By DAVID OLSON
The San Bernardino County Museum unexpectedly shut down an exhibit on Mesoamerican art that had been criticized for being inaccurate and culturally insensitive. The exhibit opened May 19 and was scheduled to run through Nov. 4. But the Redlands museum quietly closed it on Aug. 1. Exhibit critics did not find out about the closure until this week.
Museum Director Robert McKernan and Curator Adella Schroth said the controversy had nothing to do with the decision. The exhibit closed three months early because the hall where it was located was being remodeled, they said.
Enrique Murillo, an educational anthropologist and associate professor of language, literacy and culture at Cal State San Bernardino, was incredulous at the explanation.
"They're basically using the refurbishment as a way of saving their dignity," said Murillo, one of the exhibit critics. "They did a sloppy job with the exhibit. Now they've decided because they can't really silence us, they'll close the exhibit. It's a shame. These objects deserve to be displayed, but in a way that's contextualized and educative."
He and others said the exhibit was riddled with misspelled names, inaccurate dates, geographical errors and culturally insensitive wording. The museum made several changes to the exhibit after the problems became public. But experts said some of the revisions were careless and simply replaced some factual errors with other inaccuracies.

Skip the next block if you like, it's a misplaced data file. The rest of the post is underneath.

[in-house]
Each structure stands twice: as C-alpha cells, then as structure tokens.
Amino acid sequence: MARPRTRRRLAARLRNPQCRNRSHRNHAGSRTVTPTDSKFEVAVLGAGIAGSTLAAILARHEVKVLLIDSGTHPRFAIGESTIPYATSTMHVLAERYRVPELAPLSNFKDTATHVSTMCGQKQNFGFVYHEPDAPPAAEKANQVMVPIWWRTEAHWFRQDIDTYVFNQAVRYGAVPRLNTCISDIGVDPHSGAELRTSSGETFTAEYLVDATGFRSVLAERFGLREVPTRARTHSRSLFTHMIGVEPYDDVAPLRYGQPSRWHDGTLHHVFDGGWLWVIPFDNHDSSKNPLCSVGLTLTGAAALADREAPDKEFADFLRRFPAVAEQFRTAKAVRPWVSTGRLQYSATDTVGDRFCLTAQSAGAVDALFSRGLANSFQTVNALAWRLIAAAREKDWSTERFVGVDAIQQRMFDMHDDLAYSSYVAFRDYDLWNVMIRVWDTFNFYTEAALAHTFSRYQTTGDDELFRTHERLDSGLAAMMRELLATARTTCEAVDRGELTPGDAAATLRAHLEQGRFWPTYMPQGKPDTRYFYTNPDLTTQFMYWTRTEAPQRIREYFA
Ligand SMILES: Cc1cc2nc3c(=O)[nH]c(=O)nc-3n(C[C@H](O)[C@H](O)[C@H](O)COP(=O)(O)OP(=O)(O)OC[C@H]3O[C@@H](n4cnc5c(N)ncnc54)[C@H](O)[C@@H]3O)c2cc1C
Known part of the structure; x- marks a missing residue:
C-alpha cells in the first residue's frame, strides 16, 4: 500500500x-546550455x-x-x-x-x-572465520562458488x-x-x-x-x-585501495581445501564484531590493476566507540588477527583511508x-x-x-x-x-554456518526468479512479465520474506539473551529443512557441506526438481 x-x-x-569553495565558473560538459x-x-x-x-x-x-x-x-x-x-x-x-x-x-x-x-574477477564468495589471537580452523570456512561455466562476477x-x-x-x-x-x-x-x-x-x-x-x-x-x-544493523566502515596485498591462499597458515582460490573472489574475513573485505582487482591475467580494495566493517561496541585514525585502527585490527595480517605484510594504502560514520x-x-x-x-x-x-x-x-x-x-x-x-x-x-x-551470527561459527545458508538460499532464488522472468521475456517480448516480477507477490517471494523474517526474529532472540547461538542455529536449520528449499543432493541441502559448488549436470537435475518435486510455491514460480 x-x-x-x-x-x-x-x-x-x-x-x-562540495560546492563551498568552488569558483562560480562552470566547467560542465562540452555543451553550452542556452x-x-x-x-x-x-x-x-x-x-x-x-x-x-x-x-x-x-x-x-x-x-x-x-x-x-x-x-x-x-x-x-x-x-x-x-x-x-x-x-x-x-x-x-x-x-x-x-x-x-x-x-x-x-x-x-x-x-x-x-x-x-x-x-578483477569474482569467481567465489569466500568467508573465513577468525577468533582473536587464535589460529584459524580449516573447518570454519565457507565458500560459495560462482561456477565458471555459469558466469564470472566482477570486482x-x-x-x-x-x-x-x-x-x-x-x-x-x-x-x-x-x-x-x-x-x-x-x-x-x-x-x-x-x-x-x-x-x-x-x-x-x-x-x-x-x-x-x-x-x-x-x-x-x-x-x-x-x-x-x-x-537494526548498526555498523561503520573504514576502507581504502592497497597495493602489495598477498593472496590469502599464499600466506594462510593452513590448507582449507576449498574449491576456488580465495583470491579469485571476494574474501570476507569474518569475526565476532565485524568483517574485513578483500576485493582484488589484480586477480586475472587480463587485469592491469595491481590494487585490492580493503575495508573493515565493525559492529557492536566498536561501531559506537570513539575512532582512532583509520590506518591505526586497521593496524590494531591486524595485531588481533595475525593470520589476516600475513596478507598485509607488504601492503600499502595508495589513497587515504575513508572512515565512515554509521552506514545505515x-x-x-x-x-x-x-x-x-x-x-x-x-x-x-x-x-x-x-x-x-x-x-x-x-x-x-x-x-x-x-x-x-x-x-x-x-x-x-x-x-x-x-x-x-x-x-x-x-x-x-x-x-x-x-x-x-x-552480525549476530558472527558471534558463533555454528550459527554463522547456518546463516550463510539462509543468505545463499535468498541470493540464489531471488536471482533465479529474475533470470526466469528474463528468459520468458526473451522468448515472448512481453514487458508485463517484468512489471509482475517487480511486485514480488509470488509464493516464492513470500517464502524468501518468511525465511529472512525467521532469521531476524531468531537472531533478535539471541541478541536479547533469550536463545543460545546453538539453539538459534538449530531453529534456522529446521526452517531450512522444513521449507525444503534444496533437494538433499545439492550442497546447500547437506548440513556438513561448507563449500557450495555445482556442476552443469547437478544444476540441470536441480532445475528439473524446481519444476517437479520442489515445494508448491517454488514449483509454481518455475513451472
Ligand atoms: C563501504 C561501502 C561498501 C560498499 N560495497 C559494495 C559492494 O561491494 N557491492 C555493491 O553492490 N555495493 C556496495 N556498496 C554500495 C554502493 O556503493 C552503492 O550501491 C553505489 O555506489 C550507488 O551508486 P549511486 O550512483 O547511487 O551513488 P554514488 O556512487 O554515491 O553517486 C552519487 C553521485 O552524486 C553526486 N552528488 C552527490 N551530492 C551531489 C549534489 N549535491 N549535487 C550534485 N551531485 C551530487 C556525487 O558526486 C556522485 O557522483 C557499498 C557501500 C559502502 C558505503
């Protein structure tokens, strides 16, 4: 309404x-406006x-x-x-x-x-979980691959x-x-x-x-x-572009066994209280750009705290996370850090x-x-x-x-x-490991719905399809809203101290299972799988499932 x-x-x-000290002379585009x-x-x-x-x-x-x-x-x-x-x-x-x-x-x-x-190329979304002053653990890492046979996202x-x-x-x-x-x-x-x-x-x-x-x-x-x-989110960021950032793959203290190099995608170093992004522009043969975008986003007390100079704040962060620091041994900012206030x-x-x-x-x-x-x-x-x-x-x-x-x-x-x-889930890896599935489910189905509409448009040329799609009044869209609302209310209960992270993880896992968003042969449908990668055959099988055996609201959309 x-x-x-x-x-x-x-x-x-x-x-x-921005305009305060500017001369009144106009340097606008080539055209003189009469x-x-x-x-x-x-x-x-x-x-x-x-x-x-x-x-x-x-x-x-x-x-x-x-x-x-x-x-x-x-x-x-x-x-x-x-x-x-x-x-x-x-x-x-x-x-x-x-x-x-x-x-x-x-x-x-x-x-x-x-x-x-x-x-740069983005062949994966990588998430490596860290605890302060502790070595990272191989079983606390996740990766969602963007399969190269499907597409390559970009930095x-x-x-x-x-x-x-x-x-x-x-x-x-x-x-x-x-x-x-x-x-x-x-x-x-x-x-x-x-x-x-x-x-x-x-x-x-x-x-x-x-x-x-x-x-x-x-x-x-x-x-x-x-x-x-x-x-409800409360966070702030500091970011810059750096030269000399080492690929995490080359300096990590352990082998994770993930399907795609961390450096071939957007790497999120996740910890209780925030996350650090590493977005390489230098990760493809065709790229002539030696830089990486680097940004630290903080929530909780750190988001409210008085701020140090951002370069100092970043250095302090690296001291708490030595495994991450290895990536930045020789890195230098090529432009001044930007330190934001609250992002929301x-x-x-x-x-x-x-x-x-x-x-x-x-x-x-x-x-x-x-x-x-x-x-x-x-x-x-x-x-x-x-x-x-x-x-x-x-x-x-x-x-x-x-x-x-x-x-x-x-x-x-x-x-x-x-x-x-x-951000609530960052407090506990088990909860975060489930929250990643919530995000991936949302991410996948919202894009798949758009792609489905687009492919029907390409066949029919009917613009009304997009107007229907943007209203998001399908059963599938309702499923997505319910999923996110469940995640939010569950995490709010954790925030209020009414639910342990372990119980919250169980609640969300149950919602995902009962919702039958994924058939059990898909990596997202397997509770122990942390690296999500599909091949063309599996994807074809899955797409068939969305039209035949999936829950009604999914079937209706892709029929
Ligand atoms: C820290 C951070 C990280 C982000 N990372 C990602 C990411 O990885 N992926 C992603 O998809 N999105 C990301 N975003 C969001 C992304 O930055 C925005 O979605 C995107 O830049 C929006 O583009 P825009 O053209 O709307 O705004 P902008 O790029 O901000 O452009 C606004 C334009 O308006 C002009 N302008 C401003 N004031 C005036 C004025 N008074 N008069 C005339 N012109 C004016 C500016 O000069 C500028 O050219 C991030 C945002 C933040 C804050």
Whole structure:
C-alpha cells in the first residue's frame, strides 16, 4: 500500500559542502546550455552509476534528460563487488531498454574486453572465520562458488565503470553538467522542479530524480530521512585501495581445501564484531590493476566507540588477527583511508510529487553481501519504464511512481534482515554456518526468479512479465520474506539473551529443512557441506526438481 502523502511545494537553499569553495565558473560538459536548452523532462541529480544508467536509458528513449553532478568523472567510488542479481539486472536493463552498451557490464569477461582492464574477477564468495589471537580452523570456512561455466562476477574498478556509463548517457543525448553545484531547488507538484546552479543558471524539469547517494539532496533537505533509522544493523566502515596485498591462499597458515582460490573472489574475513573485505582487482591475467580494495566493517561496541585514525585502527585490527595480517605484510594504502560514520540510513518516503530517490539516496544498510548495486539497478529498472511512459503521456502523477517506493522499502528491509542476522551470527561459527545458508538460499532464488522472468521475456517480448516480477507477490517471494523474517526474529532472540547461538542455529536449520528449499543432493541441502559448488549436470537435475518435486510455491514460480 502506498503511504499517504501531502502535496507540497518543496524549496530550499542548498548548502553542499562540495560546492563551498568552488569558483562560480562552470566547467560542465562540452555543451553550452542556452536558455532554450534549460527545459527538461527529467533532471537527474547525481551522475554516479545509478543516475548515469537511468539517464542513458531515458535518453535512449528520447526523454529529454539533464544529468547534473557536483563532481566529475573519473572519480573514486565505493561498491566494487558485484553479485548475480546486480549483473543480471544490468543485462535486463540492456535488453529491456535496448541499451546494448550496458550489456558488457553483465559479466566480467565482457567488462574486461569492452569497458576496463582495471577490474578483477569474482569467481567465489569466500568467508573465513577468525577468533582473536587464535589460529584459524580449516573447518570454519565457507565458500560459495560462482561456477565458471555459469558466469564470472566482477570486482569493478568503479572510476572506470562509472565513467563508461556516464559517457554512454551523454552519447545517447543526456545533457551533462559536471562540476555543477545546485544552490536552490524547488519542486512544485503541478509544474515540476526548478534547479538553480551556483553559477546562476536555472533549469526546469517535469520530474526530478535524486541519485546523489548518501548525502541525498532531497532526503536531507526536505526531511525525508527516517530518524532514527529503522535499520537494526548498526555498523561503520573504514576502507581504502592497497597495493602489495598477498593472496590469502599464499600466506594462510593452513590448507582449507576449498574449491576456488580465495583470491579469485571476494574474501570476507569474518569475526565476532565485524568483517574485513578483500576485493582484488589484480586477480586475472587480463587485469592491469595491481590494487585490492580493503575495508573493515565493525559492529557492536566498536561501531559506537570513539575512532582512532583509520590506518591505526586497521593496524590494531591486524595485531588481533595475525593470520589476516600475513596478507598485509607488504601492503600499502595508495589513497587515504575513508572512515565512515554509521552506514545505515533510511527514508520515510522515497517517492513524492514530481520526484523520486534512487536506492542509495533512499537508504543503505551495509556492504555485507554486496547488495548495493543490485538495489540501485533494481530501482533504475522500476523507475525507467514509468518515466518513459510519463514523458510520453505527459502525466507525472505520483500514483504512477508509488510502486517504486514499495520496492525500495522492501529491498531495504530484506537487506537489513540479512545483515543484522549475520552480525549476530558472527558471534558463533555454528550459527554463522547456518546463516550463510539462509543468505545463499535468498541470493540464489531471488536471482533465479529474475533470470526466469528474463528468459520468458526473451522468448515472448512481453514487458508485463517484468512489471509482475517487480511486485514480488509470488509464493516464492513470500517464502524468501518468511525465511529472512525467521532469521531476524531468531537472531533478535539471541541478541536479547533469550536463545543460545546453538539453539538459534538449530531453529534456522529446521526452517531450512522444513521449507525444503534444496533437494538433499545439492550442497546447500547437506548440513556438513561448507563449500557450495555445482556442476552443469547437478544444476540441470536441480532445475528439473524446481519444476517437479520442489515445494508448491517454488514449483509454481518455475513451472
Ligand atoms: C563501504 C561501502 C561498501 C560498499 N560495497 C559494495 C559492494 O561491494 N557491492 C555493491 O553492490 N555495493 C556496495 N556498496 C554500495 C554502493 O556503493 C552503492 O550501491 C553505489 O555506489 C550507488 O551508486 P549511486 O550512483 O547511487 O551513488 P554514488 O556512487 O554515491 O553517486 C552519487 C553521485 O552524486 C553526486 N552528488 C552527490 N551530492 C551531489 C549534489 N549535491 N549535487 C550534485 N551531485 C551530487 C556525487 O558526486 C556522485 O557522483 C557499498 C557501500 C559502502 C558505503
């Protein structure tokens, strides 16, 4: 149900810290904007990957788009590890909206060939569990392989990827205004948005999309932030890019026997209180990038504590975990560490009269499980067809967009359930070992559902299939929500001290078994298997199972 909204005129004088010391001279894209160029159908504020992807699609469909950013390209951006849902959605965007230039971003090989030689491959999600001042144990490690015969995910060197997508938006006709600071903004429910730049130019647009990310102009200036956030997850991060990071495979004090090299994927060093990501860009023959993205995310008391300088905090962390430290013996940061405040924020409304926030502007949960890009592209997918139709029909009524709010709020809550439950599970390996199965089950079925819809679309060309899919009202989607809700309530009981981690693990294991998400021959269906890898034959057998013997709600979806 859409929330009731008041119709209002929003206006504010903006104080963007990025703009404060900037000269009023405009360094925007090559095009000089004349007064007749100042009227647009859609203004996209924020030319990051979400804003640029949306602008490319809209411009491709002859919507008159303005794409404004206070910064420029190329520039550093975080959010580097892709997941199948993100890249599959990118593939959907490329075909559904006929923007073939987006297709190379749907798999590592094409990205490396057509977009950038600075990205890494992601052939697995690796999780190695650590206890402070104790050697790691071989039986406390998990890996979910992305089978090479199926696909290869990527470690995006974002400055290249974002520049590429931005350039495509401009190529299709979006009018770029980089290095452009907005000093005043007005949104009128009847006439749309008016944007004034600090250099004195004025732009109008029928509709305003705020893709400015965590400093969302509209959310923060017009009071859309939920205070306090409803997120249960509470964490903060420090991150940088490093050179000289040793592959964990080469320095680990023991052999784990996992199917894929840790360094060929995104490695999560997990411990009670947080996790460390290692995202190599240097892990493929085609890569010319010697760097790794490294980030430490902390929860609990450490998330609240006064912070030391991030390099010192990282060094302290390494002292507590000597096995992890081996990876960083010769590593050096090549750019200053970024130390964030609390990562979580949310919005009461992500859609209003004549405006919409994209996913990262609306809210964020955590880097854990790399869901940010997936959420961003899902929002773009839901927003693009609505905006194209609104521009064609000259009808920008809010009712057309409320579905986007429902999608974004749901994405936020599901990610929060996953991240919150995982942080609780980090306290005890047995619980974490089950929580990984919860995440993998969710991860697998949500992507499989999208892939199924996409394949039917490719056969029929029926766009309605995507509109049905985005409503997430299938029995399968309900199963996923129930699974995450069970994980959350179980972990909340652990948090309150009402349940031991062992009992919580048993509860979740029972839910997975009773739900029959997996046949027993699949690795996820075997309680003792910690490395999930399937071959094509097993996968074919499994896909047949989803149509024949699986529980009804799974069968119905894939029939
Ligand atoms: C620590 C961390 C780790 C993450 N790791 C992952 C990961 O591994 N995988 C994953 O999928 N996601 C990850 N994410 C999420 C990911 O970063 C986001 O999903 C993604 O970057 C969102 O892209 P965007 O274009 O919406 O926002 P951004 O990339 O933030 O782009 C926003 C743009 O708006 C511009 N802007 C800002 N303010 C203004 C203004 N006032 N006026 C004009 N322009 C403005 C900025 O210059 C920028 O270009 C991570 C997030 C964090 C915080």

McKernan said in a July 17 interview that he would meet with Murillo and two other critics to discuss their concerns and would make whatever changes were necessary to make the exhibit accurate. Murillo said McKernan never met with them. McKernan did not mention in that interview that the exhibit would close early.
The museum remodeling was planned before the exhibit opened, McKernan acknowledged Thursday. The county Board of Supervisors approved $500,000 for the project on June 19. Some remodeling began before the controversy emerged over the exhibit, yet the artifacts from Mesoamerica - which refers to the pre-Hispanic civilizations of much of Mexico and Central America - remained on display.
Xavier Cázares Cortéz, an artist and art educator, said it was a "slap in the face" to him and other critics that McKernan only informed them of the exhibit's closure this week, and only after Cortéz sent McKernan emails asking for an update on the exhibit.
Cortéz said it was better to close the exhibit than misinform visitors with incorrect information. But he said the revisions needed to make the exhibit accurate were inexpensive and relatively minor, such as changing labels. Instead, he said, the museum spent county tax money to install the exhibit only to dismantle it less than halfway through its run and before many residents had a chance to see it.
McKernan said at least half of the artifacts in the Mesoamerican exhibit would go on permanent display at the museum by the beginning of January 2008. He said outside experts would review the accuracy of the labels and other materials related to the artifacts before they go on permanent display -- something he acknowledged did not occur before the temporary exhibit opened.
August 17, 2007
By DAVID OLSON